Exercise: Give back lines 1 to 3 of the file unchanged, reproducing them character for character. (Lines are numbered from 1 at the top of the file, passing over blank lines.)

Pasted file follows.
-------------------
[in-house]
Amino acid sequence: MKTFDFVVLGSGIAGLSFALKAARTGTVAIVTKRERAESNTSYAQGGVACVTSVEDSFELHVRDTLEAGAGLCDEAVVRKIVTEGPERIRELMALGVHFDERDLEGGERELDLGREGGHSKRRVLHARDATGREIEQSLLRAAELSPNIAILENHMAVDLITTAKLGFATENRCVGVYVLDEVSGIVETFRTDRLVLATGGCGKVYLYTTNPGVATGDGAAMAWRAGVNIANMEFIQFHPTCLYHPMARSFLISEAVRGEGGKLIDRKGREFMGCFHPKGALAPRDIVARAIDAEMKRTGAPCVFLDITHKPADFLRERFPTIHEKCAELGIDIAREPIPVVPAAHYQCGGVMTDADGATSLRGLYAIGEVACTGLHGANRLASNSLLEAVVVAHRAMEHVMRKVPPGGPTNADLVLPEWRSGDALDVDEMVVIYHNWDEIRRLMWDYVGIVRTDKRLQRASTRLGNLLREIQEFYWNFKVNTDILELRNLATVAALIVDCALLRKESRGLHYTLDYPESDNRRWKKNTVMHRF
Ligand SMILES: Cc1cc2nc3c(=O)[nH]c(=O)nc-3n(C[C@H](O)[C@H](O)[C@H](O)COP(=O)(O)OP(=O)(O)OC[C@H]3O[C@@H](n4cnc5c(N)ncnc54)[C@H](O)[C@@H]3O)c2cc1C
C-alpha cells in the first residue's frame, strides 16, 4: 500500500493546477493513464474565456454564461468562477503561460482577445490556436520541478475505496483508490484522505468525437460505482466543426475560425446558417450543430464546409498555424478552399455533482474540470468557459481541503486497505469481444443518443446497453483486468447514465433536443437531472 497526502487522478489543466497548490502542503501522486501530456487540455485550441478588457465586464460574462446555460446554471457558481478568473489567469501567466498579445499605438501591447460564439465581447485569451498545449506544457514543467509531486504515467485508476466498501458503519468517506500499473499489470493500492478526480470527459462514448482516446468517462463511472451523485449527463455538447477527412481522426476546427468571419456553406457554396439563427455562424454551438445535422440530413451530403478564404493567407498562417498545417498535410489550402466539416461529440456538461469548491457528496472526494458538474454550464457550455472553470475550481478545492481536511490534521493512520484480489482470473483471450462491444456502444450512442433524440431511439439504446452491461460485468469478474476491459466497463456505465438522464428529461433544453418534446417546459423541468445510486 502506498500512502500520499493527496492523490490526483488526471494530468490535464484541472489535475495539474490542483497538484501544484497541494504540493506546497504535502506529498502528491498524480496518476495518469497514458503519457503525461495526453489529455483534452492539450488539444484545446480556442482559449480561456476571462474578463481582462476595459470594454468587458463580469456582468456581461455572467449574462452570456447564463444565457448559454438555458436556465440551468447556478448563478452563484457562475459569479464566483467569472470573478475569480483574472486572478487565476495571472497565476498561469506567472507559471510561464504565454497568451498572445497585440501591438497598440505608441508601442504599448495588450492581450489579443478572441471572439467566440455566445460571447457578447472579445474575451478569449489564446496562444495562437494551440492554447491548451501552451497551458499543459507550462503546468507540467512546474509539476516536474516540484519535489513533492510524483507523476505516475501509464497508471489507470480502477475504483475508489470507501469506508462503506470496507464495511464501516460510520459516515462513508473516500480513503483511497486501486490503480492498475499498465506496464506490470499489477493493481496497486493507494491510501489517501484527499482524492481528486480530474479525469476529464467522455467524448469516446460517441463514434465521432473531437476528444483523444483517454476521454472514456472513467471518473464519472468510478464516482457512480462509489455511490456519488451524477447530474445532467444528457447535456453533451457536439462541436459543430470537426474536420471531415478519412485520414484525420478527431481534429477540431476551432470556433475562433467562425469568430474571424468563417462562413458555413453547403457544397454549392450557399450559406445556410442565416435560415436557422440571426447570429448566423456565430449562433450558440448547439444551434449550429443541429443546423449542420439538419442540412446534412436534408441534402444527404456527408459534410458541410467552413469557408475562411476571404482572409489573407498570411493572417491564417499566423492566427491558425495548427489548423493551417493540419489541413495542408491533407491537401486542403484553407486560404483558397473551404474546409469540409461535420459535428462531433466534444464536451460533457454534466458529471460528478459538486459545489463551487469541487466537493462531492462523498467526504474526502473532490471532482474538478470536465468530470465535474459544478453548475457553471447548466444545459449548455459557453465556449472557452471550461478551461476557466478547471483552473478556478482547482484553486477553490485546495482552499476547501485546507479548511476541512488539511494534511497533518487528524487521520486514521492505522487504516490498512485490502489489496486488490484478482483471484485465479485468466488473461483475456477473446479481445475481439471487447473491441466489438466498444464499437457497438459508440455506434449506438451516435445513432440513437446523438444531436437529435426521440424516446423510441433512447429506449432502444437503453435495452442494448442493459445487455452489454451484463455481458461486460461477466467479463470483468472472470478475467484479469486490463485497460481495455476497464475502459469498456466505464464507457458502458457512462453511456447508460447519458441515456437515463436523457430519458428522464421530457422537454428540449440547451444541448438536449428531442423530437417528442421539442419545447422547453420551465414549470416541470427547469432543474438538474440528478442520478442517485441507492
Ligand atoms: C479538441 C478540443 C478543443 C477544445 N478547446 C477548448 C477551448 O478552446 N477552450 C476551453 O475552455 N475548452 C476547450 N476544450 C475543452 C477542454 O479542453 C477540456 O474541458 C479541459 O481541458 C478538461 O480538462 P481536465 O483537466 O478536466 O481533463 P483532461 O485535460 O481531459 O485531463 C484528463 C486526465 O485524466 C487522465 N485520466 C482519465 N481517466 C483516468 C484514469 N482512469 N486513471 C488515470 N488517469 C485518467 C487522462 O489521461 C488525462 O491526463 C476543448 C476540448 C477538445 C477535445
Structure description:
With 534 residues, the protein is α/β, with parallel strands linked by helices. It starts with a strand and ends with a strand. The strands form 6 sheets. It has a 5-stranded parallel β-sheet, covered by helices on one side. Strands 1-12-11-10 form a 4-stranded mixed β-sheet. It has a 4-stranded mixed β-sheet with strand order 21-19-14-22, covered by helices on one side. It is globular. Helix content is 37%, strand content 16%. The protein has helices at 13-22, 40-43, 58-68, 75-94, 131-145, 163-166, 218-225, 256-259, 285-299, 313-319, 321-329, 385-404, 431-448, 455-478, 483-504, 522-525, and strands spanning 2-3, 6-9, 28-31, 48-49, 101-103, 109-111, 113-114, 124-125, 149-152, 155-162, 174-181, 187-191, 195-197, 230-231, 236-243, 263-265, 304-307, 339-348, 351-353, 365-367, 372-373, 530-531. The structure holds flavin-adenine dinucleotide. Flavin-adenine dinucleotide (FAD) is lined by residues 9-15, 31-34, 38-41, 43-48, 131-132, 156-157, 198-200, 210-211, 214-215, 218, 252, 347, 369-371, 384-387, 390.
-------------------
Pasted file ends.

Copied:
[in-house]
Amino acid sequence: MKTFDFVVLGSGIAGLSFALKAARTGTVAIVTKRERAESNTSYAQGGVACVTSVEDSFELHVRDTLEAGAGLCDEAVVRKIVTEGPERIRELMALGVHFDERDLEGGERELDLGREGGHSKRRVLHARDATGREIEQSLLRAAELSPNIAILENHMAVDLITTAKLGFATENRCVGVYVLDEVSGIVETFRTDRLVLATGGCGKVYLYTTNPGVATGDGAAMAWRAGVNIANMEFIQFHPTCLYHPMARSFLISEAVRGEGGKLIDRKGREFMGCFHPKGALAPRDIVARAIDAEMKRTGAPCVFLDITHKPADFLRERFPTIHEKCAELGIDIAREPIPVVPAAHYQCGGVMTDADGATSLRGLYAIGEVACTGLHGANRLASNSLLEAVVVAHRAMEHVMRKVPPGGPTNADLVLPEWRSGDALDVDEMVVIYHNWDEIRRLMWDYVGIVRTDKRLQRASTRLGNLLREIQEFYWNFKVNTDILELRNLATVAALIVDCALLRKESRGLHYTLDYPESDNRRWKKNTVMHRF
Ligand SMILES: Cc1cc2nc3c(=O)[nH]c(=O)nc-3n(C[C@H](O)[C@H](O)[C@H](O)COP(=O)(O)OP(=O)(O)OC[C@H]3O[C@@H](n4cnc5c(N)ncnc54)[C@H](O)[C@@H]3O)c2cc1C